Planners’ Picks — January 11, 2022

Planners’ Picks

A collection of resources from CSN planning committee members worth mentioning

Now that we’ve found our extra coats and hats, let’s warm up to the idea of motivating our team, creating psychological safety, and addressing burnout.


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What is your responsibility? What’s in your control?


||| Let’s Start 2022 Out Strong |||

15 Powerful Words That Are Helping Us Start 2022 Off Right

Starting the new year with a specific intention can help us set the tone for the months ahead and maintain perspective when faced with challenges. One way to do that is by choosing a word or phrase to guide us. Thrive’s founder and CEO, Arianna Huffington, writes about how her word for 2022 is “Resilence+.” She explains, “Resilience+ is about refueling and replenishing so we can meet whatever challenges 2022 holds with less stress, more joy and endlessly renewable stores of resilience.”

The Thrive community shares with us their word or phrase that’s helping them set the tone for this year. Which of these will be your word of the year?

4 Health Benefits of Gratitude You Never Knew

Research has shown that reminding yourself constantly of all you have to be thankful for can yield remarkable rewards both physically and mentally. So don’t stop feeling thankful once the turkey dinner’s done. Make gratitude a lifelong habit and reap these 4 scientifically-backed health benefits of gratitude that you never knew.

“We make a living by what we get, but we make a life by what we give.” – Winston Churchill


||| Resources on Hybrid and Remote Work |||

How to Keep Your Team Motivated, Remotely

When researchers measured the total motivation of employees, they saw that those forced to work from home were the least motivated. But there is an effective way managers can increase their team’s productivity and performance, even under the circumstances of this crisis: through experimentation. The researchers found that experimentation results in a 45-point increase in employee motivation. The key is for leaders to make sure their weekly routines are not focused only on the tactical work. Half of their weeks should also be focused on adaptive performance, where there is no plan to follow, but instead, an emphasis on experimentation and problem solving.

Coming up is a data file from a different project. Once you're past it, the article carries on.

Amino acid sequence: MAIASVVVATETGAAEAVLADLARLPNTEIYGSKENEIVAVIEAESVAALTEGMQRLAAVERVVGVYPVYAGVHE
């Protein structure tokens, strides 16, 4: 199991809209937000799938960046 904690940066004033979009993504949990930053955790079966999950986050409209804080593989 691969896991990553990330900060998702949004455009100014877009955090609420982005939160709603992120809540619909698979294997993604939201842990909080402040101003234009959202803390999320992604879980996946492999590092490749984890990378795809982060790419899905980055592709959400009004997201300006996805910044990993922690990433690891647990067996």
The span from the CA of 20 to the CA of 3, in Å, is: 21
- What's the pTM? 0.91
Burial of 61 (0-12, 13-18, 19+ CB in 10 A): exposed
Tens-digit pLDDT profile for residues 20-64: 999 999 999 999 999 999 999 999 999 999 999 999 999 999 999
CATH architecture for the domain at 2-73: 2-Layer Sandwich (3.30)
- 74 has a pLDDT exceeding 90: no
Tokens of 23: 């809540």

“Start where you are. Use what you have. Do what you can.” –  Arthur Ashe

Remote Work, Cultivating Culture, and Change with Robert Glazer on the Love in Action Podcast

Robert Glazer is the founder and CEO of global partnership marketing agency Acceleration Partners. A serial entrepreneur, award-winning executive, and accomplished operator, Bob has a passion for helping individuals and organizations build their capacity and elevate their performance. Bob is a Wall Street Journal and USA Today international bestselling author of four books, his most recent being How To Thrive In The Virtual Workplace: Simple and Effective Tips For Successful, Productive and Empowered Remote Work. He is this week’s guest on Marcel Schwantes’ episode of Love In Action.

What a great conversation between two great influencers and leaders. If you want to learn how to lead those in a hybrid or remote workplace, Robert Glazer is the man to connect with.

Marcel asks Bob what the secrets to his success are. “I try… to be consistent between what we believe, what we say, and what we do,” he responds. “I spent a lot of my time focusing on developing our people; it’s what I enjoy. There’s probably other aspects of being a CEO that I’m not as good at… I think what really frustrates people about leadership is people not being authentic,” he adds.


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5 Ways to Create Psychologically Safe Meetings for Introverts

1) Distribute meeting agendas, topics, and materials in advance. Introverts are incubators. They need time to absorb and reflect on questions, problems, and information.

2) Create air space for introverts to ask and answer questions. Introverts tend not to process verbally while extroverts relish thinking out loud. Contain the extraverts, especially those who lack self-awareness.

3) Don’t force a public response. Introverts like to crystallize their thinking before making it public. While extroverts see their comments as raggedy raw material, introverts see theirs as refined finished goods. Yes, ask them what they think, but don’t force a point of view. That often comes later.